Written by Max Allan Collins — One of America’s leading modern pulp crime authors, Max Allan Collins has been writing Quarry stories since back in 1976. The series began with The Broker, and the most recent one was 2010’s Quarry’s Ex. Now, the hitman hero/anti-hero is back in The Wrong Quarry with a fine piece of jacket illustration by Tyler Jacobsen.
Somewhere along the way Quarry – we never learn his first name – became tired of being a killer for hire, and decided it would be better for what remains of his soul to start putting his deadly skills to better use. Using a secret file stolen from his previous broker, Quarry travels the country tracking hitmen and offering their targets a shot at safety. For good money, of course, Quarry will take out the bagmen and also, where possible, whoever ordered the job.
And so Quarry finds himself in the sleepy Missouri town of Stockwell staking out a killer. Mateski, whose other job is as an antiques dealer, is himself staking out a dance studio. A process of elimination reveals the target to be the flamboyant dance instructor Roger Vale, and the motive for targeting him is revenge.
Stockwell is a small country town and was unimaginatively named after the most powerful family in the area. Candace, the granddaughter of the head of the Stockwell clan, Clarence, has gone missing and Clarence is convinced she is the victim of a sex killer. Despite being openly gay and in a relationship with a man from the next town over, Vale is his prime suspect. Clarence Stockwell has tried to turn the town against Vale, and has hired private detectives to investigate after the police failed to find any clues implicating him. Stockwell is a man who’s used to getting what he wants, and seeing as that hasn’t worked he seems to want old-fashioned justice – an eye for an eye – by another route.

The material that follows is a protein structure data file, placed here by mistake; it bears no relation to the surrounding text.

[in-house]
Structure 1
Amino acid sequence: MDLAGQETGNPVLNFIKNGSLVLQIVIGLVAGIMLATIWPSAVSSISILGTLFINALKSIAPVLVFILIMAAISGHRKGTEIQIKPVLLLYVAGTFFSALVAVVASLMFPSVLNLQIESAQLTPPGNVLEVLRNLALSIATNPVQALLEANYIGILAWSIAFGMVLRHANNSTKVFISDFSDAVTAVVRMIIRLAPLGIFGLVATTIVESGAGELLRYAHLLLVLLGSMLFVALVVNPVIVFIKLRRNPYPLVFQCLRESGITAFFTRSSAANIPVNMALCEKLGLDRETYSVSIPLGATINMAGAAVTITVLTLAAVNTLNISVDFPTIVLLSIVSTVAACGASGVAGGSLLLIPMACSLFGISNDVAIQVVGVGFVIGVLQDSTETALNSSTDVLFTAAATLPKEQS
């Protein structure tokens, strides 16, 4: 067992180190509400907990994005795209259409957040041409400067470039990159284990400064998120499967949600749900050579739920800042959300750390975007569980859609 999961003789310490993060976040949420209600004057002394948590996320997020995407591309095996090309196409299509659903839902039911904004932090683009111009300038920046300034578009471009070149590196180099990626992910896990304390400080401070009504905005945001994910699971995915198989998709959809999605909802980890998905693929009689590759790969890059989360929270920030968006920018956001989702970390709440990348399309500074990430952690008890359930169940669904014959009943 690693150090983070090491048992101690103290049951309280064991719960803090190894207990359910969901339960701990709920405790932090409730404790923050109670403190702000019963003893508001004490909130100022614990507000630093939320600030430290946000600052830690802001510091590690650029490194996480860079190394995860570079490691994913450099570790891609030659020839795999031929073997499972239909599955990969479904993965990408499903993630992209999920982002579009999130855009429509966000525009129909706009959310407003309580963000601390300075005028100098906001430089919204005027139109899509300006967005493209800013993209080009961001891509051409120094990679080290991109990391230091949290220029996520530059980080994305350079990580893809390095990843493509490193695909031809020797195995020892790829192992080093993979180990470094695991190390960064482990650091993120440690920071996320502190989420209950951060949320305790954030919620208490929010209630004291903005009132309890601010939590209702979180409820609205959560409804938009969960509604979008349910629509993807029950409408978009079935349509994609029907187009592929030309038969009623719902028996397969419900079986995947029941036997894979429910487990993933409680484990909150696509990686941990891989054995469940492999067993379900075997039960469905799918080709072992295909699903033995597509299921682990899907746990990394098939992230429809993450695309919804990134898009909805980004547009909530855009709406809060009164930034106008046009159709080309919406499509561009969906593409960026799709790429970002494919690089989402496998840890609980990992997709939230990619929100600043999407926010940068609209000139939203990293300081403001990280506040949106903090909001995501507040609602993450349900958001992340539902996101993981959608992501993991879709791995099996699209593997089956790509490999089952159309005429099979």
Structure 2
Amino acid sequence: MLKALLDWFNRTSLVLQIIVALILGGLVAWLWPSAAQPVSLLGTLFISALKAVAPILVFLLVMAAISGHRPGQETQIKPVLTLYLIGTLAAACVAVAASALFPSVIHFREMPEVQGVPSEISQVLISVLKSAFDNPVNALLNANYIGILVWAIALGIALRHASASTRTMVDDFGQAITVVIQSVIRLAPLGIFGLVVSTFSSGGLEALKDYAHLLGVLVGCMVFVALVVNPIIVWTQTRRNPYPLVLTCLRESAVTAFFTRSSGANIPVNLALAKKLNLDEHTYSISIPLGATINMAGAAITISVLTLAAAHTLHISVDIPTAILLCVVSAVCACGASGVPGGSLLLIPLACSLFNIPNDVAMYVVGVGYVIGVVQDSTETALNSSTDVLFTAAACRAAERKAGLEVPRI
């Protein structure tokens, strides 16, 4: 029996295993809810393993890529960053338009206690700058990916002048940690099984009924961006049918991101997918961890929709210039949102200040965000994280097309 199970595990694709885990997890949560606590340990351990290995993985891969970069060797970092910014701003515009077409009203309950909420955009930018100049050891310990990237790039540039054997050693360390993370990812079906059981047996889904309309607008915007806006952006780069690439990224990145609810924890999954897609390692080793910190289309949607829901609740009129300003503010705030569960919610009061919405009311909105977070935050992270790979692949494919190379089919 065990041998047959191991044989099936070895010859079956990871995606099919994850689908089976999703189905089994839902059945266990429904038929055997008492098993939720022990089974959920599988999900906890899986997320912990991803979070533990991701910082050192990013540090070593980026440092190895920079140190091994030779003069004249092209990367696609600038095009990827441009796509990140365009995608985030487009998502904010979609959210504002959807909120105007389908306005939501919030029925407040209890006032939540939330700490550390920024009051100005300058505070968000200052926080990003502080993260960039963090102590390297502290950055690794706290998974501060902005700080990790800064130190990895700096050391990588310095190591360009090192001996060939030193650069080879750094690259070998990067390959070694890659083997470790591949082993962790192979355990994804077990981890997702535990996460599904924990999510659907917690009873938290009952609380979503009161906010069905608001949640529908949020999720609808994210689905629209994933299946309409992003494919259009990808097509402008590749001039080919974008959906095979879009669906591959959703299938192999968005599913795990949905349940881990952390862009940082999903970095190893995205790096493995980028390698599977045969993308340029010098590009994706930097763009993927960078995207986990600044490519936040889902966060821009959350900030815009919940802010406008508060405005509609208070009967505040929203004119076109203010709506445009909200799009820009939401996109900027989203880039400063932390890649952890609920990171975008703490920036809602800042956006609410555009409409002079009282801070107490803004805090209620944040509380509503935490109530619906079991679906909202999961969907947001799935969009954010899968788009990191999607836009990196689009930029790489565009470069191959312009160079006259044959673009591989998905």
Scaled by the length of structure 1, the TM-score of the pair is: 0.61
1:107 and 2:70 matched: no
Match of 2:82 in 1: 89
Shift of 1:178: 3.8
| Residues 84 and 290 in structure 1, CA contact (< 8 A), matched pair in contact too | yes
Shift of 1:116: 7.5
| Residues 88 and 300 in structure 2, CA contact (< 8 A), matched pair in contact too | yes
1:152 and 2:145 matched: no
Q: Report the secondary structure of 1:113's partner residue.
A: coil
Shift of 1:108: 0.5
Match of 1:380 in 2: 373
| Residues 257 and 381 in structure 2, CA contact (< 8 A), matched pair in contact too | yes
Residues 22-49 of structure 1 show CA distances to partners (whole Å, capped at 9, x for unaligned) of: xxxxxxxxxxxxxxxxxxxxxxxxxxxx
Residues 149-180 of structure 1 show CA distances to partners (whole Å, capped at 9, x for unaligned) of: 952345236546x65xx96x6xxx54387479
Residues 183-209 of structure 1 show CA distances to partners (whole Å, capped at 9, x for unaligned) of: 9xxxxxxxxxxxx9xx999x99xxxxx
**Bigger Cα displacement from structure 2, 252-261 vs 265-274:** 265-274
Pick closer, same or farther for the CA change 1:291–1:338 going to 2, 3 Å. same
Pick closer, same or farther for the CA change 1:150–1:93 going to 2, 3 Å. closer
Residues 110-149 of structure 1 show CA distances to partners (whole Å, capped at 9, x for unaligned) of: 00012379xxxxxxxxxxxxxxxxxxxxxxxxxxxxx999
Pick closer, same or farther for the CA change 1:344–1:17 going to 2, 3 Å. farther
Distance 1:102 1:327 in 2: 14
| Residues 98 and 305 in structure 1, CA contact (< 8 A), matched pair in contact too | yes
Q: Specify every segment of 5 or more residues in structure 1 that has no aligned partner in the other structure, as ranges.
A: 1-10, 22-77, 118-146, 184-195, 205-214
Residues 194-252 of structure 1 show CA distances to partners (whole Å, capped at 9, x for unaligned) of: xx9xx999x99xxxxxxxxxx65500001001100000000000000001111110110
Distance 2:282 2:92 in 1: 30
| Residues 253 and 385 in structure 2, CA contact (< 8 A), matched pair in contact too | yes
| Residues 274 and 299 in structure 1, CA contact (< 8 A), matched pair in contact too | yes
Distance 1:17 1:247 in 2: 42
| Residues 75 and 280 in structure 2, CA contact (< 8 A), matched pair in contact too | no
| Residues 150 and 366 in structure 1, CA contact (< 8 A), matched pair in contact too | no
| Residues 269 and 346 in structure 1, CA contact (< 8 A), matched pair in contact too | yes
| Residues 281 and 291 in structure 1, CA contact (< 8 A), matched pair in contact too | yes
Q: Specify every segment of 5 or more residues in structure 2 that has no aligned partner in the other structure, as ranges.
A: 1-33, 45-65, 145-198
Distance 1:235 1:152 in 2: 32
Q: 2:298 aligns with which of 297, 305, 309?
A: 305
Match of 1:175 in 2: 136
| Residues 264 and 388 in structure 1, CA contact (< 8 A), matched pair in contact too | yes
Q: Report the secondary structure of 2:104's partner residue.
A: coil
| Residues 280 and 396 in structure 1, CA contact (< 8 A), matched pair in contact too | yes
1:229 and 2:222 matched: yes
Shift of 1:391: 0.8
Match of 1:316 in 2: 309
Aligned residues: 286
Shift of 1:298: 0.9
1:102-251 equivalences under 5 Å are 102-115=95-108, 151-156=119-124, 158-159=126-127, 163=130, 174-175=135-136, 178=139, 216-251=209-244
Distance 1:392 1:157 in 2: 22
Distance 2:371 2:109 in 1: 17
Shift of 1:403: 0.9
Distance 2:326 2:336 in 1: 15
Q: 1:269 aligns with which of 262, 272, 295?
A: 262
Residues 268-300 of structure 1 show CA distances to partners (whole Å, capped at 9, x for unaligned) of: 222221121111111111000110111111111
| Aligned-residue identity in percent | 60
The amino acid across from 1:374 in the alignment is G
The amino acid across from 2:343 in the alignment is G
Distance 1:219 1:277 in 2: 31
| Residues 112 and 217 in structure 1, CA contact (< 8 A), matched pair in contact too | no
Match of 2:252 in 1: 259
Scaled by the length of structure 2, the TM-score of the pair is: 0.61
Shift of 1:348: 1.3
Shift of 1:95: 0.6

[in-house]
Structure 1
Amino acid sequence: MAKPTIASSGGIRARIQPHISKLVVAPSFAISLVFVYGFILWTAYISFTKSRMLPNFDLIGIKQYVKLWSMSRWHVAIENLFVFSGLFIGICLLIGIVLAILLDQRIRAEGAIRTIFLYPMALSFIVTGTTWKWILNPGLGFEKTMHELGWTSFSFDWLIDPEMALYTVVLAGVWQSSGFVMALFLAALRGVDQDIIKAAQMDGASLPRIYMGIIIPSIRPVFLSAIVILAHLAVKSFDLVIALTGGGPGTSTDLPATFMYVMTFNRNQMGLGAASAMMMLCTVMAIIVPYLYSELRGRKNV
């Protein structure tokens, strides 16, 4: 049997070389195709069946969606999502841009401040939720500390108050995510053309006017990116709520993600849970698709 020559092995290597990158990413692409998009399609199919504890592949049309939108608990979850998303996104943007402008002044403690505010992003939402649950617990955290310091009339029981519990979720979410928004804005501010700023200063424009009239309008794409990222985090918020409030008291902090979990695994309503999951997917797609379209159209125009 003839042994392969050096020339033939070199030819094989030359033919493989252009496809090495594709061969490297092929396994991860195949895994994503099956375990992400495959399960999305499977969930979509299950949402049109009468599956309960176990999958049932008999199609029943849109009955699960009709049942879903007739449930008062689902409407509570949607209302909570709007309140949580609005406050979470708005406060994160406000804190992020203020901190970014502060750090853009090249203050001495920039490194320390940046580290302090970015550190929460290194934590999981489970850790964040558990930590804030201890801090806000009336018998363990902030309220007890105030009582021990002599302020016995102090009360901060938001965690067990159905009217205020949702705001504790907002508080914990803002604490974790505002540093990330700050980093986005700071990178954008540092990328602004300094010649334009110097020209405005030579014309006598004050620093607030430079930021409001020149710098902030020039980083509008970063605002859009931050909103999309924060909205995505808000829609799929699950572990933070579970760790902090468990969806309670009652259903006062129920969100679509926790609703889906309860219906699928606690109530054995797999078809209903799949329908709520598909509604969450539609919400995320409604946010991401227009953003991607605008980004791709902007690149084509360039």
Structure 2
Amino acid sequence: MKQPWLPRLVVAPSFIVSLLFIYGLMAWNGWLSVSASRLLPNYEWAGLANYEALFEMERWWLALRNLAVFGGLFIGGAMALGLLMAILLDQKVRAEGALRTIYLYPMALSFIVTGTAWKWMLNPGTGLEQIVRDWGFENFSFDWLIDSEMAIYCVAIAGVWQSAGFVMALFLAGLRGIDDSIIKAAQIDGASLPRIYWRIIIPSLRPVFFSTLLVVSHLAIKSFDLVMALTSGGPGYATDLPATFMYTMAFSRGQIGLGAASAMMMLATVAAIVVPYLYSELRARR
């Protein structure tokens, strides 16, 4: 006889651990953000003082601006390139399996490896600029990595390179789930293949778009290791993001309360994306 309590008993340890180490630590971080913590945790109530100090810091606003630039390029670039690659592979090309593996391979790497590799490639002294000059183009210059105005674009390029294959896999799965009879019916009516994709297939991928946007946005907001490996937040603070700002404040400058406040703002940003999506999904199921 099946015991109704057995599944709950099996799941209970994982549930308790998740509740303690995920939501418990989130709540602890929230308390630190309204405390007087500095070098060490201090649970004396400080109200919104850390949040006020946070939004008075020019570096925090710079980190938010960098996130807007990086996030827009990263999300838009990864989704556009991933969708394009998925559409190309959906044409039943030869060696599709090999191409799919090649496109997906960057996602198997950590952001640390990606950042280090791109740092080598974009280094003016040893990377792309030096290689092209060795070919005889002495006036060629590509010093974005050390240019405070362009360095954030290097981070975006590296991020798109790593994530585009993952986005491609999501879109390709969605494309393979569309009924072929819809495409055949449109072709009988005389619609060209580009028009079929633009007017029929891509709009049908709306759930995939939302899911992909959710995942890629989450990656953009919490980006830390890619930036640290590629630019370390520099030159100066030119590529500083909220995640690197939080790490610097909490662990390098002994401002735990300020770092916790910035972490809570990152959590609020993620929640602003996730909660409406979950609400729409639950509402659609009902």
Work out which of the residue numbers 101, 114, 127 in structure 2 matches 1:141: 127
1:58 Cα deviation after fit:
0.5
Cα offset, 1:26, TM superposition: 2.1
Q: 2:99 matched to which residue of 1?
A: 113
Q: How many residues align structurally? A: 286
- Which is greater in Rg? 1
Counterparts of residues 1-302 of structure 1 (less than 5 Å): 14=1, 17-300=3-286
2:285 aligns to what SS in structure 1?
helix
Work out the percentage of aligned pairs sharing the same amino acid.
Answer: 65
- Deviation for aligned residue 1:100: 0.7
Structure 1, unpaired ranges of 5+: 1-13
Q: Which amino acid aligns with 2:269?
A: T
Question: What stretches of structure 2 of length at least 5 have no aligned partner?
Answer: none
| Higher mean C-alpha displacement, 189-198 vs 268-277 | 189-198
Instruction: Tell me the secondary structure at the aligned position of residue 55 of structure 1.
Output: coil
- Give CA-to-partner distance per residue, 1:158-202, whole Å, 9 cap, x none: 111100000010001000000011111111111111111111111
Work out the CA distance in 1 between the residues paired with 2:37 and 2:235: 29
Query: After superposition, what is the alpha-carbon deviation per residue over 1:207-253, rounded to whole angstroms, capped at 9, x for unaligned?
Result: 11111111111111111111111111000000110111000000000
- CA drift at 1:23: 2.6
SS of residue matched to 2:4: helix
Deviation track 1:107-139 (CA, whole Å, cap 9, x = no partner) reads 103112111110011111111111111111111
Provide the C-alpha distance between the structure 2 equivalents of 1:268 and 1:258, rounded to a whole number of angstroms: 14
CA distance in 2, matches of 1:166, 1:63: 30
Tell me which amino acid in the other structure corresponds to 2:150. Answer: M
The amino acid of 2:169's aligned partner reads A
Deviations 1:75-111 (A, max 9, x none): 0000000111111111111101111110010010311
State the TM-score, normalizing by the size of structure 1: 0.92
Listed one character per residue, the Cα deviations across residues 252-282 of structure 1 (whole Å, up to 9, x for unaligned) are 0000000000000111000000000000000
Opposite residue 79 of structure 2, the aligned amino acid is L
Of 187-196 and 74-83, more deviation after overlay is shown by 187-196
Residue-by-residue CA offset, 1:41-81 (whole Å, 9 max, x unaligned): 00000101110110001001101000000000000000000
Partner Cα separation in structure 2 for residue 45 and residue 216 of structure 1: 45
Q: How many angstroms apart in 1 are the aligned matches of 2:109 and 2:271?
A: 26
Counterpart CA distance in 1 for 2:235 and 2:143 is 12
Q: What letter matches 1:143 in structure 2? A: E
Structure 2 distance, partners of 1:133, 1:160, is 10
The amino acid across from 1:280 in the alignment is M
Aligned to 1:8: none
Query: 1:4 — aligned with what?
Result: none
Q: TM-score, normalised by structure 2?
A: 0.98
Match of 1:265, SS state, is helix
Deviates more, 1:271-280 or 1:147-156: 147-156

What’s more, it appears he wants Vale to die a painful death. Quarry has recognised a second hitter arriving in town – someone who specialises in torture, and knows how to keep a victim alive in agony for a long time. Just the kind of person, and just the kind of job, that made Quarry want to give up the killing-for-money business in the first place.
So Quarry will have to take out two hitmen and cancel Stockwell’s cheque. That is if he is indeed the man behind Vale’s contract, because in Quarry’s world nothing is as straightforward as it seems.
Set in Reagan era America, the Wrong Quarry is suitably old-fashioned. There are no paranormal complications or neo-noir stylings. Instead Collins delivers a short, if a little slight, story with plenty of twists, vilolence and sex. In a Quarry novel the girls sure do like the bad guys! The small town milieu is very well realised, as is the town’s fear and dependency on the man who controls the jobs and the money. I particularly enjoy the way Collins writes women, including a classic femme fatale.
But then Max Allan Collins is a veteran. Indeed, we have reviewed several of his books and just like the hero of this book, Quarry, Collins always delivers. The Wrong Quarry is another solid effort.
Hard Case Crime/Titan Books
CFL Rating: 4 Stars